New International Registration System for Geographical Indications and Appellations of Origin


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Jane Lambert

The Geneva Act of the Lisbon Agreement on Appellations of Origin and Geographical Indications came into force on 26 Feb 2020.  Art 29 (2) of the Act provides for it to enter into force three months after five eligible parties referred to in art 28 have deposited their instruments of ratification or accession.  That condition was satisfied on 26 Nov 2019 when the European Union deposited its instrument of accession with Francis Gurry, the Director-General of the World Intellectual Property Organization ("WIPO") (see WIPO press release European Union Joins Geneva Act of WIPO’s Lisbon Agreement, Enabling Entry into Force 26 Nov 2019).

The Geneva Act supplements the Lisbon Agreement for the Protection of Appellations of Origin and their International Registration of 15 Oct 1958 by providing for the registration of geographical indications as well as appellations of origin and by making it possible for international organizations such as the European Union to accede to the Act.  The difference between an "appellation of origin" and a "geographical indication" is a subtle one.  Art 1 (vi) of the Act defines an "appellation of origin" as  "a denomination as referred to in Article 2(1)(i)." That sub-paragraph provides:

"any denomination protected in the Contracting Party of Origin consisting of or containing the name of a geographical area, or another denomination known as referring to such area, which serves to designate a good as originating in that geographical area, where the quality or characteristics of the good are due exclusively or essentially to the geographical environment, including natural and human factors, and which has given the good its reputation."

Art 1 (vii) defines a“geographical indication” as "an indication as referred to in Article 2(1)(ii)." That provides:

"any indication protected in the Contracting Party of Origin consisting of or containing the name of a geographical area, or another indication known as referring to such area, which identifies a good as originating in that geographical area, where a given quality, reputation or other characteristic of the good is essentially attributable to its geographical origin."

Art 4 of the Act requires the WIPO's International Bureau to "maintain an International Register recording international registrations effected under this Act, under the Lisbon Agreement and the 1967 Act, or under both, and data relating to such international registrations."  Contracting parties are required by art 8 to:

"protect registered appellations of origin and geographical indications on its territory, within its own legal system and practice but in accordance with the terms of this Act, subject to any refusal, renunciation, invalidation or cancellation that may become effective with respect to its territory, and on the understanding that Contracting Parties that do not distinguish in their national or regional legislation as between appellations of origin and geographical indications shall not be required to introduce such a distinction into their national or regional legislation."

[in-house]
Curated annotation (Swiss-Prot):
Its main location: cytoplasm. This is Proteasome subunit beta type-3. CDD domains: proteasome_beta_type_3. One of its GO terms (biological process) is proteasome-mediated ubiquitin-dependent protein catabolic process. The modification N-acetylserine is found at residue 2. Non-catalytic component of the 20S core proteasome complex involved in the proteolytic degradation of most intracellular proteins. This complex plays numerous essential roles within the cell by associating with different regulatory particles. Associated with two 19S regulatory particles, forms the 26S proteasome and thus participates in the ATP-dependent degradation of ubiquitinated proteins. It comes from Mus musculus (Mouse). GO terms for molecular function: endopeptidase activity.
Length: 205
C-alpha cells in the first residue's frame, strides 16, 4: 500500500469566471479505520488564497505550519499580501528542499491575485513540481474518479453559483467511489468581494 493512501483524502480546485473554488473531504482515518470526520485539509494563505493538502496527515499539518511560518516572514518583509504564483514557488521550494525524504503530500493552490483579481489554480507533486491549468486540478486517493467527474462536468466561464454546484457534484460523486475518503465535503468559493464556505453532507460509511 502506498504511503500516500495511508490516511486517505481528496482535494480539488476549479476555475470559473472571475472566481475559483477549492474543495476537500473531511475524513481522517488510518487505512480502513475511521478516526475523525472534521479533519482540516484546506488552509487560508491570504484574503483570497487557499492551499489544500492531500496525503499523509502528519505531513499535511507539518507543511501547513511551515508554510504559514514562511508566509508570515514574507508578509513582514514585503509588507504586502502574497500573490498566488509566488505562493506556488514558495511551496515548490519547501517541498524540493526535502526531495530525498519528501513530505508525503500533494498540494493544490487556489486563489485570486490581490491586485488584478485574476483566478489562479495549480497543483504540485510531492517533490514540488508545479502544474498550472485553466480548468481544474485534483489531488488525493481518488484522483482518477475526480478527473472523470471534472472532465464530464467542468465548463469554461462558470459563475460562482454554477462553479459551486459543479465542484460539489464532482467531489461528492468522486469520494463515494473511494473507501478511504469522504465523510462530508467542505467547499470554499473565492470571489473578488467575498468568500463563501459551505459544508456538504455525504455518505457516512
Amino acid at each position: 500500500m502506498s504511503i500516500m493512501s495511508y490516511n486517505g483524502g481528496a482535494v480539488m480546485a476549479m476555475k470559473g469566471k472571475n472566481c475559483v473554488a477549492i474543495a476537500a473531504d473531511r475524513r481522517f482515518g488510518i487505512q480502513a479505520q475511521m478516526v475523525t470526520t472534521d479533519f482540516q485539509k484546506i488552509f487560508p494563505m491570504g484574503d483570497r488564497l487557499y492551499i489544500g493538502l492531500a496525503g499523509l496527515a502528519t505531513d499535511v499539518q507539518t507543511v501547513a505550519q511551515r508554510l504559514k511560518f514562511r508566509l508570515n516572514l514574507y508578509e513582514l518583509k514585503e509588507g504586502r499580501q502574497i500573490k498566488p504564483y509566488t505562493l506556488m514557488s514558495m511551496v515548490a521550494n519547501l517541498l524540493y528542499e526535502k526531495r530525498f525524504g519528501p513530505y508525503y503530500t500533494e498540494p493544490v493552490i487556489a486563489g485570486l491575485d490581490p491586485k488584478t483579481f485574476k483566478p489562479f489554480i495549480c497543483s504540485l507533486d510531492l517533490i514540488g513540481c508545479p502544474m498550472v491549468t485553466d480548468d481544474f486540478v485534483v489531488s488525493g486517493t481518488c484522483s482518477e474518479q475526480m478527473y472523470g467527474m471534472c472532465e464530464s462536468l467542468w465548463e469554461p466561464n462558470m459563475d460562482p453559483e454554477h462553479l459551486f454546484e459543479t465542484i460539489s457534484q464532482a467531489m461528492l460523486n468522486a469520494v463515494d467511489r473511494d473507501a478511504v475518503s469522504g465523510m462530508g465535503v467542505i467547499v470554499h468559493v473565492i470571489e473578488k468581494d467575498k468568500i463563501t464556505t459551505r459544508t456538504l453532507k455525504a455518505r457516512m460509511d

Each contracting party is required by art 3 to l designate an entity which shall be responsible for the administration of this Act in its territory.

The United Kingdom is party neither to the Lisbon Agreement nor the Geneva Act but the Act applies to the United Kingdom until 31 Dec 2020 by virtue of art 126 of the Agreement on the withdrawal of the United Kingdom of Great Britain and Northern Ireland from the European Union and the European Atomic Energy Community of 19 Oct 2019 and s.1 of the European Union (Withdrawal Agreement) Act 2020 (see Jane Lambert Intellectual Property Post Brexit 2 Feb 2020 NIPC Brexit). However, as a member of the World Trade Organization in its own right, the UK is bound by art 22 of TRIPS (The Agreement on Trade-Related Aspects of Intellectual Property Rights) to protect geographical indications.  As I explained in Geographical Indications - "If it's outside Yorkshire it's not worth ..................!" 30 Aug 2013 IP Yorkshire, that obligation is discharged by the law of passing off, trade mark registration and the EU's sui generis protection of geographical indications.  The EU sui generis protection will cease on 31 Dec 2020 but the UK has agreed to continue such protection after that date under art 54 (2) of the withdrawal agreement.

Anyone wishing to discuss this article or geographical indications generally may call me on +44 (0)20 7404 5252 during office hours or send me a message through my contact page.

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